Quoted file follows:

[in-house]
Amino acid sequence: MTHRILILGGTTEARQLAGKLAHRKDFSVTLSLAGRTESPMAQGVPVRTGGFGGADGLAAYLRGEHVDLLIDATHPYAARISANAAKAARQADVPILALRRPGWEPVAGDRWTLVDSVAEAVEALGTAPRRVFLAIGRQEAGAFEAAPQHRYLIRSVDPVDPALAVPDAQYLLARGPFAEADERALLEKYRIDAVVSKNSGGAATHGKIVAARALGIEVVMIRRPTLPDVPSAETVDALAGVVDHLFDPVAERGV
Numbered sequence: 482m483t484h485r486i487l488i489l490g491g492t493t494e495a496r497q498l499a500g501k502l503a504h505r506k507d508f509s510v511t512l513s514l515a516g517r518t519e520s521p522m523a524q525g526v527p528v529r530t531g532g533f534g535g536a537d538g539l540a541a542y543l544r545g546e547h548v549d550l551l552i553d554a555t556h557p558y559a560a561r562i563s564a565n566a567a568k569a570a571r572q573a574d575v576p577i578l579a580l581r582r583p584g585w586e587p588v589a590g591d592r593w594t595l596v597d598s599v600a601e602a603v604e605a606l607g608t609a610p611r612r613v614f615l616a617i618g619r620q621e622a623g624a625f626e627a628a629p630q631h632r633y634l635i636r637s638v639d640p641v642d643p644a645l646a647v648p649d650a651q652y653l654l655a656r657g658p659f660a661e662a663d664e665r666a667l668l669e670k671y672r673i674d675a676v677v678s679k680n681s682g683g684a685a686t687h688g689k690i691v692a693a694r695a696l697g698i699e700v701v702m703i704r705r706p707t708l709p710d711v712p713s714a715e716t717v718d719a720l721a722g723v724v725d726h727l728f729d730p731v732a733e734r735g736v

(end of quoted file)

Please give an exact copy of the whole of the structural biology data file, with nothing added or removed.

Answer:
[in-house]
Amino acid sequence: MTHRILILGGTTEARQLAGKLAHRKDFSVTLSLAGRTESPMAQGVPVRTGGFGGADGLAAYLRGEHVDLLIDATHPYAARISANAAKAARQADVPILALRRPGWEPVAGDRWTLVDSVAEAVEALGTAPRRVFLAIGRQEAGAFEAAPQHRYLIRSVDPVDPALAVPDAQYLLARGPFAEADERALLEKYRIDAVVSKNSGGAATHGKIVAARALGIEVVMIRRPTLPDVPSAETVDALAGVVDHLFDPVAERGV
Numbered sequence: 482m483t484h485r486i487l488i489l490g491g492t493t494e495a496r497q498l499a500g501k502l503a504h505r506k507d508f509s510v511t512l513s514l515a516g517r518t519e520s521p522m523a524q525g526v527p528v529r530t531g532g533f534g535g536a537d538g539l540a541a542y543l544r545g546e547h548v549d550l551l552i553d554a555t556h557p558y559a560a561r562i563s564a565n566a567a568k569a570a571r572q573a574d575v576p577i578l579a580l581r582r583p584g585w586e587p588v589a590g591d592r593w594t595l596v597d598s599v600a601e602a603v604e605a606l607g608t609a610p611r612r613v614f615l616a617i618g619r620q621e622a623g624a625f626e627a628a629p630q631h632r633y634l635i636r637s638v639d640p641v642d643p644a645l646a647v648p649d650a651q652y653l654l655a656r657g658p659f660a661e662a663d664e665r666a667l668l669e670k671y672r673i674d675a676v677v678s679k680n681s682g683g684a685a686t687h688g689k690i691v692a693a694r695a696l697g698i699e700v701v702m703i704r705r706p707t708l709p710d711v712p713s714a715e716t717v718d719a720l721a722g723v724v725d726h727l728f729d730p731v732a733e734r735g736v